Hens can ingest extruded polystyrene in rearing buildings and lay eggs contaminated with hexabromocyclododecane. Jondreville, C., Cariou, R., Travel, A., Belhomme, L., Dervilly-Pinel, G., Le Bizec, B., Huneau-Salaün, A., & Le Bouquin-Leneveu, S. 186:62–67.
Hens can ingest extruded polystyrene in rearing buildings and lay eggs contaminated with hexabromocyclododecane [link]Paper  doi  abstract   bibtex   
The overall concentration of hexabromocyclododecane (HBCDD) in eggs is low although abnormally high concentrations exceeding 3000 ng gÀ1 lw have been reported. In order to test whether these contaminations may originate from the ingestion of insulating materials in rearing buildings, a group of 55 hens raised in a collective cage was provided with a 64-g piece of extruded polystyrene (XPS, 2.59% HBCDD of which 75, 15 and 10% as a-, b- and g-HBCDD, respectively). Hens entirely consumed the piece within 3 days, leading to a mean daily exposure of 4.7 mg HBCDD per kg body weight. Whole egg HBCDD concentration reached a maximum of 1037 ng HBCDD gÀ1 fresh weight (fw), recorded 2 days after the piece had disappeared, and decreased down to 86 ng gÀ1 fw within the 19 following days. In all these samples, HBCDD was made of 98.7 ± 0.7 and 1.3 ± 0.6% a- and b-HBCDD, respectively, and 0.1% g-HBCDD when quantified; it was enriched in (À)a- and (þ)b-HBCDD with enantiomeric fractions of 0.438 ± 0.009 and 0.579 ± 0.030, respectively. HBCDD was quantified in all the individual eggs collected the last day of experiment at concentrations ranging between 0.47 and 1361 ng gÀ1 fw, according to a lognormal distribution. The ingestion of XPS in degraded rearing buildings is thus a plausible cause of on-farm egg contamination by HBCDD which should be strictly avoided.
@article{jondreville_hens_2017,
	title = {Hens can ingest extruded polystyrene in rearing buildings and lay eggs contaminated with hexabromocyclododecane},
	volume = {186},
	issn = {00456535},
	url = {https://linkinghub.elsevier.com/retrieve/pii/S0045653517311682},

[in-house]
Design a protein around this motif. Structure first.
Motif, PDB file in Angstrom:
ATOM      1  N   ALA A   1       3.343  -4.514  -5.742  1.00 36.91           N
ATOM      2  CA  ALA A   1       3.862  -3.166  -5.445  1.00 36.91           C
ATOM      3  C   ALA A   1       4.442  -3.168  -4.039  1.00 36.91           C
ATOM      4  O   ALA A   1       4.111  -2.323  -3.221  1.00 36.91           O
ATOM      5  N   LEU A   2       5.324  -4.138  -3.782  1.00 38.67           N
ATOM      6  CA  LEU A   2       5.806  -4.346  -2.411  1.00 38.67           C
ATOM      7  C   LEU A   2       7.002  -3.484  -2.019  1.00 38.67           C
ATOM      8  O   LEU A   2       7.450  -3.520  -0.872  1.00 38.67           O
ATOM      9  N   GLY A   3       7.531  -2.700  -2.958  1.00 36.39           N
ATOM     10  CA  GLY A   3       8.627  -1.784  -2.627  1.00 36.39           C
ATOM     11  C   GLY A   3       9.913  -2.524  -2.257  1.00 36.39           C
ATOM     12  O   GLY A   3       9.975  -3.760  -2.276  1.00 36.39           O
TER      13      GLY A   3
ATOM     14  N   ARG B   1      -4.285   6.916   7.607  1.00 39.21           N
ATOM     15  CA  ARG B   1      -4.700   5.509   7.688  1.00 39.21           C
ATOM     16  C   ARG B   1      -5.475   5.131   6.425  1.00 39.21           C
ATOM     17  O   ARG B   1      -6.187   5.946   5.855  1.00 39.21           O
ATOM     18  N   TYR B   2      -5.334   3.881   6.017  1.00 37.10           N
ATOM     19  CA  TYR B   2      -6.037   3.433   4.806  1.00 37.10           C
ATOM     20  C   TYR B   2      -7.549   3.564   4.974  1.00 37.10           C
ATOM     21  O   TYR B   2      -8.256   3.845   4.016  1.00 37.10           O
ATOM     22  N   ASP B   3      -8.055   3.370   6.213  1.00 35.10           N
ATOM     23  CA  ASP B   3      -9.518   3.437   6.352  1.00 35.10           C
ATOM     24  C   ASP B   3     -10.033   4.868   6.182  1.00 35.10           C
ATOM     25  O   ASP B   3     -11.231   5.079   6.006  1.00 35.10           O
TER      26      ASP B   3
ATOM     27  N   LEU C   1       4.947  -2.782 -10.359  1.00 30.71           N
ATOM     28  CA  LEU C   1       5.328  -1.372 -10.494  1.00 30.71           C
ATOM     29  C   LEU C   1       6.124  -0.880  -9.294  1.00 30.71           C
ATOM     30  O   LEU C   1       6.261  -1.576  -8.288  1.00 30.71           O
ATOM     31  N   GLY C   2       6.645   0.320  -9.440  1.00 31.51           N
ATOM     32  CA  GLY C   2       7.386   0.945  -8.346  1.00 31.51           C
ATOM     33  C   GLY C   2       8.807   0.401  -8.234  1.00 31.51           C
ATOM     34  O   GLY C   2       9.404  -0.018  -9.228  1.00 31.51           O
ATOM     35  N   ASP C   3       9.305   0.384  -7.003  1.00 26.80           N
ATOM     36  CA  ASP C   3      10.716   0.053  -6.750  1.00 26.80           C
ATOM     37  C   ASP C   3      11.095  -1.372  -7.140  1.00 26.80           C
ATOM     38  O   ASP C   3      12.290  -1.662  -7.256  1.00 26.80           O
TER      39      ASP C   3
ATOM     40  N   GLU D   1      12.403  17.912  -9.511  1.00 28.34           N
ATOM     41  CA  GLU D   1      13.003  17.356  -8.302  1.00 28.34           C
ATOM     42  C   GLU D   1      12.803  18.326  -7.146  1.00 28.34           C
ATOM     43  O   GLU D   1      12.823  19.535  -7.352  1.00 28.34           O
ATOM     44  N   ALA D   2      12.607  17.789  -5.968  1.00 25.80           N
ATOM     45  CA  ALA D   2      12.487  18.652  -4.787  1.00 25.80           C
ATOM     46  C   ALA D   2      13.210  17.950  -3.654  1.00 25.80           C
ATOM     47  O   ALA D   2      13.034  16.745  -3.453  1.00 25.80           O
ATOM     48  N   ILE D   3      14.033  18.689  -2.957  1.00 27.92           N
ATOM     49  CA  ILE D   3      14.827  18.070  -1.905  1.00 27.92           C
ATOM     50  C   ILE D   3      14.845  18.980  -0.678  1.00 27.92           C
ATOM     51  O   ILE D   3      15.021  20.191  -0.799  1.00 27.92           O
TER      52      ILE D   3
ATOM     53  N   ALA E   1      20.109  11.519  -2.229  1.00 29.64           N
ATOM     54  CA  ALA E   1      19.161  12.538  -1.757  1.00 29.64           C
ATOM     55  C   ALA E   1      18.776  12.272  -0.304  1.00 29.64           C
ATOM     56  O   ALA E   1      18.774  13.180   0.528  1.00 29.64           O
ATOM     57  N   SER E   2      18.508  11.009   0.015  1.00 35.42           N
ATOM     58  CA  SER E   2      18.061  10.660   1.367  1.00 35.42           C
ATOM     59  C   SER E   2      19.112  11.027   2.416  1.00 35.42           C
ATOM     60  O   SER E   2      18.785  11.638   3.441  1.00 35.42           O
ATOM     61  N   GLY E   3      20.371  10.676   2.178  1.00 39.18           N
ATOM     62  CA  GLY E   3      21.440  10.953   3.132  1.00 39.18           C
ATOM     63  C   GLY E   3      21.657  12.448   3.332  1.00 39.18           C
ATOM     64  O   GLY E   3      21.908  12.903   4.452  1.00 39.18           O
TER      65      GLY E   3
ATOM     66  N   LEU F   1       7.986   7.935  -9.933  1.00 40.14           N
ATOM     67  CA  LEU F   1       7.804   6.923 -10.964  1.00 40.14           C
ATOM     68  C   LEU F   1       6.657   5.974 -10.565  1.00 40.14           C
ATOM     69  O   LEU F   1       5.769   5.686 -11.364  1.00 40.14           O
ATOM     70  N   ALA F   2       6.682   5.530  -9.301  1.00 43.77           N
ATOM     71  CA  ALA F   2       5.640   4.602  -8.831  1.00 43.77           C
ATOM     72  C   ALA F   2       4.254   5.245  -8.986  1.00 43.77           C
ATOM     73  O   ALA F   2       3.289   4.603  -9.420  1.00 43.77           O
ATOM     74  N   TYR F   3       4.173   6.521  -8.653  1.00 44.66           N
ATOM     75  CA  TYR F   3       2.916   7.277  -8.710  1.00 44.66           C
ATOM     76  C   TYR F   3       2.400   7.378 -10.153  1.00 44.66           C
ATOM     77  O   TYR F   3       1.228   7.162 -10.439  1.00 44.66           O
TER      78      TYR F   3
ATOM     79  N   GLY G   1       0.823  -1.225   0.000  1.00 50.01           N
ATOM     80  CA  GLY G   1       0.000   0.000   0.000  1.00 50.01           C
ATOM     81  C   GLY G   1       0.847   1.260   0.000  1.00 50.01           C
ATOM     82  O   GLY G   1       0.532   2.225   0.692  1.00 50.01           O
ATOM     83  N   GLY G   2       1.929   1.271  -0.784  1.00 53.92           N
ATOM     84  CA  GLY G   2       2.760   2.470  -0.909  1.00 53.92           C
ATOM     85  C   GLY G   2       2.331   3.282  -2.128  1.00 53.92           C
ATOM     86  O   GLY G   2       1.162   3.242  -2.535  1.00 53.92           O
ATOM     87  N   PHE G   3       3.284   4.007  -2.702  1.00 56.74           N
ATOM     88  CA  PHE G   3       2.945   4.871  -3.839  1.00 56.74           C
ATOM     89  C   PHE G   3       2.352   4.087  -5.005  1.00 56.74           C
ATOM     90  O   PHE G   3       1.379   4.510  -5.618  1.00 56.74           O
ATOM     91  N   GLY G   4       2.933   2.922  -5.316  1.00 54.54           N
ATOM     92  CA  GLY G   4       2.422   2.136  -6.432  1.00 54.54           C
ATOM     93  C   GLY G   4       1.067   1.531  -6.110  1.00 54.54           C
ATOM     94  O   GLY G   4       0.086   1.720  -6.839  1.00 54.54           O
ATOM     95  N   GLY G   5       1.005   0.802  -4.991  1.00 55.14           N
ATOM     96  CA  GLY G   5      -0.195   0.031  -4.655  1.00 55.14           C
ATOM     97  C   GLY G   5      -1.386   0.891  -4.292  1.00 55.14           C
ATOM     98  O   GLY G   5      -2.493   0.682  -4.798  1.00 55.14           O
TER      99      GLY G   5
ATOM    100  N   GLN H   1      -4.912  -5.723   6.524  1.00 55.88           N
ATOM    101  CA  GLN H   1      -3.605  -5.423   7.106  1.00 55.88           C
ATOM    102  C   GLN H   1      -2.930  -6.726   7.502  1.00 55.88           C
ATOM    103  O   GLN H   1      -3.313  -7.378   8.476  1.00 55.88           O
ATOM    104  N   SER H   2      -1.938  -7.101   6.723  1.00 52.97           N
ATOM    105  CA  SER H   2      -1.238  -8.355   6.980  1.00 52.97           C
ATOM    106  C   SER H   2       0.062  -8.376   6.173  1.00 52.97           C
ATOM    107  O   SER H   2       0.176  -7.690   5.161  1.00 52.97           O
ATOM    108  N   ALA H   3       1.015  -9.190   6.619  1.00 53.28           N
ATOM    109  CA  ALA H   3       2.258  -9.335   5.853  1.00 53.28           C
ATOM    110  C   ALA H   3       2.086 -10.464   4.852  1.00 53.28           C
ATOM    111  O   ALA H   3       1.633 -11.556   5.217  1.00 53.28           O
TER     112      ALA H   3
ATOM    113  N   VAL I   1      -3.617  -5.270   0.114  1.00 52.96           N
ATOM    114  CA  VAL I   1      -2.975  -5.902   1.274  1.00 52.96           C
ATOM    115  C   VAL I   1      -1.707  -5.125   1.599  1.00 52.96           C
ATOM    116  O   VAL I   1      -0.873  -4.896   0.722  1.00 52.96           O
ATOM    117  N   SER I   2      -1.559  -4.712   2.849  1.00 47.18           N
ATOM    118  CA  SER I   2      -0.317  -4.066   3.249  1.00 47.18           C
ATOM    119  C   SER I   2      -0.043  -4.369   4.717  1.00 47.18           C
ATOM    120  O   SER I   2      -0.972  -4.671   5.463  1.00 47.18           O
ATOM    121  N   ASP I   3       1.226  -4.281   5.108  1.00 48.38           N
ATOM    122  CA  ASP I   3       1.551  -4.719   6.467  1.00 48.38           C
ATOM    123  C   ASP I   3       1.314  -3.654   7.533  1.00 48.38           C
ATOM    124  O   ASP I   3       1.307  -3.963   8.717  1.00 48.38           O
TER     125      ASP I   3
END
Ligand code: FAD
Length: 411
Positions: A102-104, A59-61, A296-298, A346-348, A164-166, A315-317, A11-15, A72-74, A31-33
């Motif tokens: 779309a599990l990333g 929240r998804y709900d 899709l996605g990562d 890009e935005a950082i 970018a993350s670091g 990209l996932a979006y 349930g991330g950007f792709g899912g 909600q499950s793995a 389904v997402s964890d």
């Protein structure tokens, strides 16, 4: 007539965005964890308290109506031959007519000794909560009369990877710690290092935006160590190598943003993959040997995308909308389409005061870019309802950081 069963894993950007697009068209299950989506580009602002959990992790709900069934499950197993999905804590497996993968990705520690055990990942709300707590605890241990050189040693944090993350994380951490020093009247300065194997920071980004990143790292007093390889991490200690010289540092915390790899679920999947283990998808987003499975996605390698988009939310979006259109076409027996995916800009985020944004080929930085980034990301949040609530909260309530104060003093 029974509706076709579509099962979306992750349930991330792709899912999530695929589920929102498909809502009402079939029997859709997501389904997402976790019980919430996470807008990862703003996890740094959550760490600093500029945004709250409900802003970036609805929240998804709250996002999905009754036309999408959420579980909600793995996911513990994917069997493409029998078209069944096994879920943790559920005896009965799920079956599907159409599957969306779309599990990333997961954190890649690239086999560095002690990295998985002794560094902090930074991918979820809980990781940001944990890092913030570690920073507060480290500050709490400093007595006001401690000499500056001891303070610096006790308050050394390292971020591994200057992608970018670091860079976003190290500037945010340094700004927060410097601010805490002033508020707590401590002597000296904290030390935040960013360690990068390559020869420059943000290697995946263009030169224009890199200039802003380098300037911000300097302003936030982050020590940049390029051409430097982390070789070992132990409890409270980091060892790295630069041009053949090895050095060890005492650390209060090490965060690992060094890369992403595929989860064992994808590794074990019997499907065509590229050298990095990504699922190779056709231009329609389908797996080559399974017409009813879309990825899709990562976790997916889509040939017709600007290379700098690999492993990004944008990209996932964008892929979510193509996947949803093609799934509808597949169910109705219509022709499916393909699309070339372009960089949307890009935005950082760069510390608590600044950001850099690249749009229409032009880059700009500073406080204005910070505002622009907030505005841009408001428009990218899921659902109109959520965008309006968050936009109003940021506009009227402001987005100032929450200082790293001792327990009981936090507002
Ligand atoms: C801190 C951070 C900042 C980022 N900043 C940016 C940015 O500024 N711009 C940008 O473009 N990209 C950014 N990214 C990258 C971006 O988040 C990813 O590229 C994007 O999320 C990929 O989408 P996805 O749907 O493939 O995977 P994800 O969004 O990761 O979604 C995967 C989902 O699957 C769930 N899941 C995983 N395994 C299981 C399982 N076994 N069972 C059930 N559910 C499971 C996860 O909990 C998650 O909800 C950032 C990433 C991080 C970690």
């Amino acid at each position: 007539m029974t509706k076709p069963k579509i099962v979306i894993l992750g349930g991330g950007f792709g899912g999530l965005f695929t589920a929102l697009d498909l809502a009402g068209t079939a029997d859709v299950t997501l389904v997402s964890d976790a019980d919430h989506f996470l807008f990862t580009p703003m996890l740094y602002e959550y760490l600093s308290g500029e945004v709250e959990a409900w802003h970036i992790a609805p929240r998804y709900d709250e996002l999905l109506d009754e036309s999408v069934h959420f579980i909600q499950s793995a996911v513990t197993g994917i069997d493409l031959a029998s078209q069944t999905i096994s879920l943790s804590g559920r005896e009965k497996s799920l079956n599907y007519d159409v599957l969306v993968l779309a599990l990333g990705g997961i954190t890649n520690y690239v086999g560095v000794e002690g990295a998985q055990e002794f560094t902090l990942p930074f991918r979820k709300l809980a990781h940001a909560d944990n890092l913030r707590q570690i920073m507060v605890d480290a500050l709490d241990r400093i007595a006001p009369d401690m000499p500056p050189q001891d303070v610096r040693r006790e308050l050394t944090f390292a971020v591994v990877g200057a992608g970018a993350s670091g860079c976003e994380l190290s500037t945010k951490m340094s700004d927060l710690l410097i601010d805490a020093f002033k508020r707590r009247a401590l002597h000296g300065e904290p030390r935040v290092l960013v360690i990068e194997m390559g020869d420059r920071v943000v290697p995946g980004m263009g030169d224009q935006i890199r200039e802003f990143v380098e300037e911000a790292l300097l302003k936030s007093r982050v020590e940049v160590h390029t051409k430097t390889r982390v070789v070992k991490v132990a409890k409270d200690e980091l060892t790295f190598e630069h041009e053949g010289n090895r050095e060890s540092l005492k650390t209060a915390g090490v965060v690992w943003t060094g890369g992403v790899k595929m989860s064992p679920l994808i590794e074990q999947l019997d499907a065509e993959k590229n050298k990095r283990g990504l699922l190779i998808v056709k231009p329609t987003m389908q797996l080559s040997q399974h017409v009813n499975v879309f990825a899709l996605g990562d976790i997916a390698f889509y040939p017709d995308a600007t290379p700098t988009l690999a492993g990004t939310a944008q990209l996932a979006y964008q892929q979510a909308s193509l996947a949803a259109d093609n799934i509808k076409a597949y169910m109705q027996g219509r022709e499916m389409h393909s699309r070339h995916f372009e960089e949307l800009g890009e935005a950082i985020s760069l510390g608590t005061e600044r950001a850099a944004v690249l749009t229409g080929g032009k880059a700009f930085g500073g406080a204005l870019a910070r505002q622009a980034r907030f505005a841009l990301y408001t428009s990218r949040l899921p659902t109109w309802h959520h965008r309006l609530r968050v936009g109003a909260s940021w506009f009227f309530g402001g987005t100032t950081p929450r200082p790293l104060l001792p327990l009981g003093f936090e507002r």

doi = {10.1016/j.chemosphere.2017.07.117},
	abstract = {The overall concentration of hexabromocyclododecane ({HBCDD}) in eggs is low although abnormally high concentrations exceeding 3000 ng {gÀ}1 lw have been reported. In order to test whether these contaminations may originate from the ingestion of insulating materials in rearing buildings, a group of 55 hens raised in a collective cage was provided with a 64-g piece of extruded polystyrene ({XPS}, 2.59\% {HBCDD} of which 75, 15 and 10\% as a-, b- and g-{HBCDD}, respectively). Hens entirely consumed the piece within 3 days, leading to a mean daily exposure of 4.7 mg {HBCDD} per kg body weight. Whole egg {HBCDD} concentration reached a maximum of 1037 ng {HBCDD} {gÀ}1 fresh weight (fw), recorded 2 days after the piece had disappeared, and decreased down to 86 ng {gÀ}1 fw within the 19 following days. In all these samples, {HBCDD} was made of 98.7 ± 0.7 and 1.3 ± 0.6\% a- and b-{HBCDD}, respectively, and 0.1\% g-{HBCDD} when quantified; it was enriched in (À)a- and (þ)b-{HBCDD} with enantiomeric fractions of 0.438 ± 0.009 and 0.579 ± 0.030, respectively. {HBCDD} was quantified in all the individual eggs collected the last day of experiment at concentrations ranging between 0.47 and 1361 ng {gÀ}1 fw, according to a lognormal distribution. The ingestion of {XPS} in degraded rearing buildings is thus a plausible cause of on-farm egg contamination by {HBCDD} which should be strictly avoided.},
	pages = {62--67},
	journaltitle = {Chemosphere},
	author = {Jondreville, Catherine and Cariou, Ronan and Travel, Angélique and Belhomme, Louis-Jean and Dervilly-Pinel, Gaud and Le Bizec, Bruno and Huneau-Salaün, Adeline and Le Bouquin-Leneveu, Sophie},
	urldate = {2019-03-29},
	date = {2017-11},
	langid = {english},
	file = {Jondreville et al. - 2017 - Hens can ingest extruded polystyrene in rearing bu.pdf:C\:\\Users\\ygu\\Documents\\PCPOR066_YGU\\YGU\\Zotero\\storage\\TJ9B4MYX\\Jondreville et al. - 2017 - Hens can ingest extruded polystyrene in rearing bu.pdf:application/pdf}
}
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